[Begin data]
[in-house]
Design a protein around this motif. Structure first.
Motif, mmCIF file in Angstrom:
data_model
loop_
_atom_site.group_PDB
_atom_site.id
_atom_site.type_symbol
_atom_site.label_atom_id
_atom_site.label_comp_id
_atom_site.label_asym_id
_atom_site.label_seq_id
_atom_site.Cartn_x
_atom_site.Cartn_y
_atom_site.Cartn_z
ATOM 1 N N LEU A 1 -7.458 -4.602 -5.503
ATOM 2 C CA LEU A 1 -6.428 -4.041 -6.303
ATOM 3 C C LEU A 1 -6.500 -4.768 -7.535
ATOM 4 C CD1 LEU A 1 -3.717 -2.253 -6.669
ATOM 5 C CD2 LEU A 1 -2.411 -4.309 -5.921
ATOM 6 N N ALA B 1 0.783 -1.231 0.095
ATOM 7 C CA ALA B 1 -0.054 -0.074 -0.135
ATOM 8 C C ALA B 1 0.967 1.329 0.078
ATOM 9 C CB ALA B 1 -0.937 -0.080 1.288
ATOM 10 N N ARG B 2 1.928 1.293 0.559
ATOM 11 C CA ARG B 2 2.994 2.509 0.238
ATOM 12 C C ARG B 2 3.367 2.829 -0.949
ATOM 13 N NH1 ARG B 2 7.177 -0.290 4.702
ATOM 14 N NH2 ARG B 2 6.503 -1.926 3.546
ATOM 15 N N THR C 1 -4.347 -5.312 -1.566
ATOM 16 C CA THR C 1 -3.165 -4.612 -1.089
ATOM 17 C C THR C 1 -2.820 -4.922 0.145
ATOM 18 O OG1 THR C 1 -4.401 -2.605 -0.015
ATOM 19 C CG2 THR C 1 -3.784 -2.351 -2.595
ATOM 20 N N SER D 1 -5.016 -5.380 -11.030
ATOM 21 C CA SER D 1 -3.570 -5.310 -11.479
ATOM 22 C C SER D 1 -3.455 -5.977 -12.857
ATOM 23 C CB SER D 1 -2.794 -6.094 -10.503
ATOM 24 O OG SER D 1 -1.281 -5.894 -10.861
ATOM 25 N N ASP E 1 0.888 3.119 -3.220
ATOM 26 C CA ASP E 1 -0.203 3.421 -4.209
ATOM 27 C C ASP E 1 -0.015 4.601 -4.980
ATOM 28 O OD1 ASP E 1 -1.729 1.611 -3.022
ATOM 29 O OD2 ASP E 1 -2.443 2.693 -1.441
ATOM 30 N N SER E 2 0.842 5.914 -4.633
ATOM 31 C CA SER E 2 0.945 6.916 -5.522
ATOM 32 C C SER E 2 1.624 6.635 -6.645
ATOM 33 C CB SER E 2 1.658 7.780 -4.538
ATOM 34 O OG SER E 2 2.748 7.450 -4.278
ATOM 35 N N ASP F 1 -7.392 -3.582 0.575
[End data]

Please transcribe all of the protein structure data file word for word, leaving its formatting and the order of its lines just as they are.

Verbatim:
[in-house]
Design a protein around this motif. Structure first.
Motif, mmCIF file in Angstrom:
data_model
loop_
_atom_site.group_PDB
_atom_site.id
_atom_site.type_symbol
_atom_site.label_atom_id
_atom_site.label_comp_id
_atom_site.label_asym_id
_atom_site.label_seq_id
_atom_site.Cartn_x
_atom_site.Cartn_y
_atom_site.Cartn_z
ATOM 1 N N LEU A 1 -7.458 -4.602 -5.503
ATOM 2 C CA LEU A 1 -6.428 -4.041 -6.303
ATOM 3 C C LEU A 1 -6.500 -4.768 -7.535
ATOM 4 C CD1 LEU A 1 -3.717 -2.253 -6.669
ATOM 5 C CD2 LEU A 1 -2.411 -4.309 -5.921
ATOM 6 N N ALA B 1 0.783 -1.231 0.095
ATOM 7 C CA ALA B 1 -0.054 -0.074 -0.135
ATOM 8 C C ALA B 1 0.967 1.329 0.078
ATOM 9 C CB ALA B 1 -0.937 -0.080 1.288
ATOM 10 N N ARG B 2 1.928 1.293 0.559
ATOM 11 C CA ARG B 2 2.994 2.509 0.238
ATOM 12 C C ARG B 2 3.367 2.829 -0.949
ATOM 13 N NH1 ARG B 2 7.177 -0.290 4.702
ATOM 14 N NH2 ARG B 2 6.503 -1.926 3.546
ATOM 15 N N THR C 1 -4.347 -5.312 -1.566
ATOM 16 C CA THR C 1 -3.165 -4.612 -1.089
ATOM 17 C C THR C 1 -2.820 -4.922 0.145
ATOM 18 O OG1 THR C 1 -4.401 -2.605 -0.015
ATOM 19 C CG2 THR C 1 -3.784 -2.351 -2.595
ATOM 20 N N SER D 1 -5.016 -5.380 -11.030
ATOM 21 C CA SER D 1 -3.570 -5.310 -11.479
ATOM 22 C C SER D 1 -3.455 -5.977 -12.857
ATOM 23 C CB SER D 1 -2.794 -6.094 -10.503
ATOM 24 O OG SER D 1 -1.281 -5.894 -10.861
ATOM 25 N N ASP E 1 0.888 3.119 -3.220
ATOM 26 C CA ASP E 1 -0.203 3.421 -4.209
ATOM 27 C C ASP E 1 -0.015 4.601 -4.980
ATOM 28 O OD1 ASP E 1 -1.729 1.611 -3.022
ATOM 29 O OD2 ASP E 1 -2.443 2.693 -1.441
ATOM 30 N N SER E 2 0.842 5.914 -4.633
ATOM 31 C CA SER E 2 0.945 6.916 -5.522
ATOM 32 C C SER E 2 1.624 6.635 -6.645
ATOM 33 C CB SER E 2 1.658 7.780 -4.538
ATOM 34 O OG SER E 2 2.748 7.450 -4.278
ATOM 35 N N ASP F 1 -7.392 -3.582 0.575